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In examining expanded health care statutes for minors, the amorphous ``mature minor'' doctrine has been discussed by previous Law Offices. However, the mature minor doctrine, long an instrument in American law for allowing minors to consent to medical treatment, actually comes into play in the absence of a statutory scheme for the provision of health care services to minors. The term ``mature minor'' is not used in Massachusetts statutory law,77 and generally has no formal definition that is consistently applied.78 However, history reveals the development of the mature minor doctrine: at common law, a minor was presumed to acquire the capacity to consent when she had the ability of the average person to understand and weigh the risks and benefits of a proposed course of action.79 Early exemptions from this common law rule emerged in order to address emergency medical treatment needs of minors,80 as well as liability concerns for medical care providers for providing services to minors without parental consent (which constituted the tort of battery).81 Over time, modern exceptions to the common law rule, collectively termed the ``mature minor doctrine,'' became codified in minor treatment statutes.82 These statutes typically were designed to specify a particular age "at which a minor may be considered completely independent for health care purposes and treatment may be given as if he or she were an adult," as well as to provide other restrictions deemed warranted by state legislatures (e.g., notification of parents).83 Most of the statutes that were enacted were not designed to hinge on the maturity of the minor, or to otherwise expand any right of a minor except that specifically addressed within the statute,84 but rather, the focus was placed on treating and preventing specific diseases or conditions, or to allow for certain treatments.85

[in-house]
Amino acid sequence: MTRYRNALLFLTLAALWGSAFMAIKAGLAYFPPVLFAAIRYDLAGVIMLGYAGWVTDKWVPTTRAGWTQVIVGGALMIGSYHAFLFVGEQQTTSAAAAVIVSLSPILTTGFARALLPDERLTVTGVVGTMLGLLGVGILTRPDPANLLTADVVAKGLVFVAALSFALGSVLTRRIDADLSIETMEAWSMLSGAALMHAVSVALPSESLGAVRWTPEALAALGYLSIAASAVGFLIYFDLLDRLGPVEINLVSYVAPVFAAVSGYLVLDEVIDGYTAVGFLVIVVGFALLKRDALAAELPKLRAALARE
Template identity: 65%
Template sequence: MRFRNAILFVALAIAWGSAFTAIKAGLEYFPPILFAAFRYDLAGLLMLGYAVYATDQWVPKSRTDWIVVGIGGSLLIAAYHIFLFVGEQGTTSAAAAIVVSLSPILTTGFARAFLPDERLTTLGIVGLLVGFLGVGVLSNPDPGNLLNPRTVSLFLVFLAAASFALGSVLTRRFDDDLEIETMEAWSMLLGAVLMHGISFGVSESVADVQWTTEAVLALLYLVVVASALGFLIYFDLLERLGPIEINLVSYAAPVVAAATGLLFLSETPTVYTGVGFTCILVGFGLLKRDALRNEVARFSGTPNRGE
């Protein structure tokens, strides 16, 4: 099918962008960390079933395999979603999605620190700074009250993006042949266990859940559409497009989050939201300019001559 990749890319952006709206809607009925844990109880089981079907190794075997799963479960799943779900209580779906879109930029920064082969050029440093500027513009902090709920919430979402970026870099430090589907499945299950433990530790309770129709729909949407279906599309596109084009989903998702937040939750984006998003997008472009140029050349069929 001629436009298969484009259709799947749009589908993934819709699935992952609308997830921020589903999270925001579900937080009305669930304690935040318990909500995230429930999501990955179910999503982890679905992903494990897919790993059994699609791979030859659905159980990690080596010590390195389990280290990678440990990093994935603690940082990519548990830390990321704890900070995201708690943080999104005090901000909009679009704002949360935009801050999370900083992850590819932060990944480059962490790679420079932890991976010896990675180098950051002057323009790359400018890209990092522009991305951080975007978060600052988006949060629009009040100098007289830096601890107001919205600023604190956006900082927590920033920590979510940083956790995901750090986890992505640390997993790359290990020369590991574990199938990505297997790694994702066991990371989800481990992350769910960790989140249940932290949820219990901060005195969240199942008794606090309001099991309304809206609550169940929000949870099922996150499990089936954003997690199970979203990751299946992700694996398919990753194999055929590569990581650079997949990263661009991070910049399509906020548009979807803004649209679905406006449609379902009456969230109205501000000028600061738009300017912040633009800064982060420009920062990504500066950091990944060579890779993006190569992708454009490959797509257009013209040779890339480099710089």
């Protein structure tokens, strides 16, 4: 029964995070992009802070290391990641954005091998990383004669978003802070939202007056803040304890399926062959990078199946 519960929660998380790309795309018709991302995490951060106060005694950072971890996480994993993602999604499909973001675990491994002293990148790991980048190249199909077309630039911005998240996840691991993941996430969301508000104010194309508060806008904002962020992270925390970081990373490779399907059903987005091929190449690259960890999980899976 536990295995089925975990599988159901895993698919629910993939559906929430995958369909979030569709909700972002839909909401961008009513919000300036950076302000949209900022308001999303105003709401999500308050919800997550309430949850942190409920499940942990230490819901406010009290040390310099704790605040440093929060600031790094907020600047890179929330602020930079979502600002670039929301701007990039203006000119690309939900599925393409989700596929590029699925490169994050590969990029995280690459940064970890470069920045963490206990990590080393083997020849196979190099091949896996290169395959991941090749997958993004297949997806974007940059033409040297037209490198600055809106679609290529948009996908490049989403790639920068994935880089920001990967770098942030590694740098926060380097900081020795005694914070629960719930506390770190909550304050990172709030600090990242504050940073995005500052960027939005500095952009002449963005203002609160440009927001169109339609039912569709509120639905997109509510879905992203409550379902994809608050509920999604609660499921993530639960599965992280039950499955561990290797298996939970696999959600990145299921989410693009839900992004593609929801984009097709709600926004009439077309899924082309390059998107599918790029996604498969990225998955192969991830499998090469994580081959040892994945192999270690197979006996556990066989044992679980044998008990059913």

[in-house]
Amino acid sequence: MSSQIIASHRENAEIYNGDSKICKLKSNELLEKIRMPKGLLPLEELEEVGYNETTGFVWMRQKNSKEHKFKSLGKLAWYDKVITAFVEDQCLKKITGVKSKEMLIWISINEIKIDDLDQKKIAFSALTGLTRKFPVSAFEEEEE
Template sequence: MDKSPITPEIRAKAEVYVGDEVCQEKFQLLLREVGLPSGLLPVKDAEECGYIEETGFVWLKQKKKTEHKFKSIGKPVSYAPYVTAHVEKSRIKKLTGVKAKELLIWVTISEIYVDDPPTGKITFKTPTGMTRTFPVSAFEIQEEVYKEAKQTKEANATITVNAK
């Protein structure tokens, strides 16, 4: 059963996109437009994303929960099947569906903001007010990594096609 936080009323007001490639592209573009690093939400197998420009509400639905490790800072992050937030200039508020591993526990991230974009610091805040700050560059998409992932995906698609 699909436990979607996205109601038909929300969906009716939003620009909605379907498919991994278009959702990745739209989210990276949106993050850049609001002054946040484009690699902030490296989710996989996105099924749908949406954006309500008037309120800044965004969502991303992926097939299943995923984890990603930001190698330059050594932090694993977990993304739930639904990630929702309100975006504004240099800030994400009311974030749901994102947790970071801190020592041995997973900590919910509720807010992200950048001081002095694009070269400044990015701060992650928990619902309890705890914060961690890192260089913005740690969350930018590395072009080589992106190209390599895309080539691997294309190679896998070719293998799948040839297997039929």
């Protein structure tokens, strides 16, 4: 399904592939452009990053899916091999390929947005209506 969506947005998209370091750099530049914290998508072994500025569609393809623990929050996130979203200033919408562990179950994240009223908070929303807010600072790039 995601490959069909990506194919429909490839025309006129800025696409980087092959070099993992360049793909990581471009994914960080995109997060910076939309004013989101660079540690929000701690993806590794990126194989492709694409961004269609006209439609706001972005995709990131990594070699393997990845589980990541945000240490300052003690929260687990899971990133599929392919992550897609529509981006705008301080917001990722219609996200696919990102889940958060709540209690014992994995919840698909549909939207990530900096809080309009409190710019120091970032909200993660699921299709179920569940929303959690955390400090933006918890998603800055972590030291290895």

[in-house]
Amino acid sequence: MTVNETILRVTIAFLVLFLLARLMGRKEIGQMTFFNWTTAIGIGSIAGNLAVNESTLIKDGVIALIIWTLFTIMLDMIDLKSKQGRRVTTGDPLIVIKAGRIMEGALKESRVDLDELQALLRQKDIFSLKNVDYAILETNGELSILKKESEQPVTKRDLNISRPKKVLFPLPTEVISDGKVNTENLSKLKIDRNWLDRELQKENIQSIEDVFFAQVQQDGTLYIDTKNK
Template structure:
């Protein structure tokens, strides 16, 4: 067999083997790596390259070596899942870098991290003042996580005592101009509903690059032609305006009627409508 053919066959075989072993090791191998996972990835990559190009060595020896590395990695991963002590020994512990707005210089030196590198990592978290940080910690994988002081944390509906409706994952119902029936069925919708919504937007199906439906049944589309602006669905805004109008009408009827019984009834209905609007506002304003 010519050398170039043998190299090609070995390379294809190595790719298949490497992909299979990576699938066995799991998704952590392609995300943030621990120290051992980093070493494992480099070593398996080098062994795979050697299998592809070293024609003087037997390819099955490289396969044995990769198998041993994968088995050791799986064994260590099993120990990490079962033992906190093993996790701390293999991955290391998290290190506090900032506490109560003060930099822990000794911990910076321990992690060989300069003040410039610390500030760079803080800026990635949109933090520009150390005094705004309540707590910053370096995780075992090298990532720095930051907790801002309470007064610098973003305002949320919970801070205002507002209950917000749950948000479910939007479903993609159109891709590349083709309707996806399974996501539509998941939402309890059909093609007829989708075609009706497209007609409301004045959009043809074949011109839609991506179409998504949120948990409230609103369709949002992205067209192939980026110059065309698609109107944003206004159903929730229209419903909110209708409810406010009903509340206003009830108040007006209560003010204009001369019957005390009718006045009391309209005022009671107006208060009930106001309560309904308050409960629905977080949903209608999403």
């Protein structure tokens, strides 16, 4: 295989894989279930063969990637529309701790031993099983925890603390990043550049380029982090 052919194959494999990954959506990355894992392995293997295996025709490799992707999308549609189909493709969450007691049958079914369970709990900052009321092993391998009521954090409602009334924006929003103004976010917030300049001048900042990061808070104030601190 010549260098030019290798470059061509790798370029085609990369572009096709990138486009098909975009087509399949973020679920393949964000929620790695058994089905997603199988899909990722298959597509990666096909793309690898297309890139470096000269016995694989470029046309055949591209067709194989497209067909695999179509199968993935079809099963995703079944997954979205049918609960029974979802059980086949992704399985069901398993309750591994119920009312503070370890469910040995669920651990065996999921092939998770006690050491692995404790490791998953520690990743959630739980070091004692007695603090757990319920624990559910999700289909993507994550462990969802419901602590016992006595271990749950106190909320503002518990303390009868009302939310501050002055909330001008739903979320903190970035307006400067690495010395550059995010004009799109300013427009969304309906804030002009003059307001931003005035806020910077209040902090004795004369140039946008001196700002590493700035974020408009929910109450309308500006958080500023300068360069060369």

For example, in the 1960s many states enacted statutes that allowed minors access to communicable disease treatment in response to a mounting incidence of sexually transmitted diseases among minors.86 Balancing society's interest in halting the spread of sexually transmitted diseases with the rights of parents, and fearing that parental notification of, and consent to, treatment would encroach upon minors seeking out these services, several states enacted statutes by which minors could give their own consent to such treatment.87 Considering this background, we now turn to the LO #2 project goals with respect to analysis of the current MMR in Massachusetts.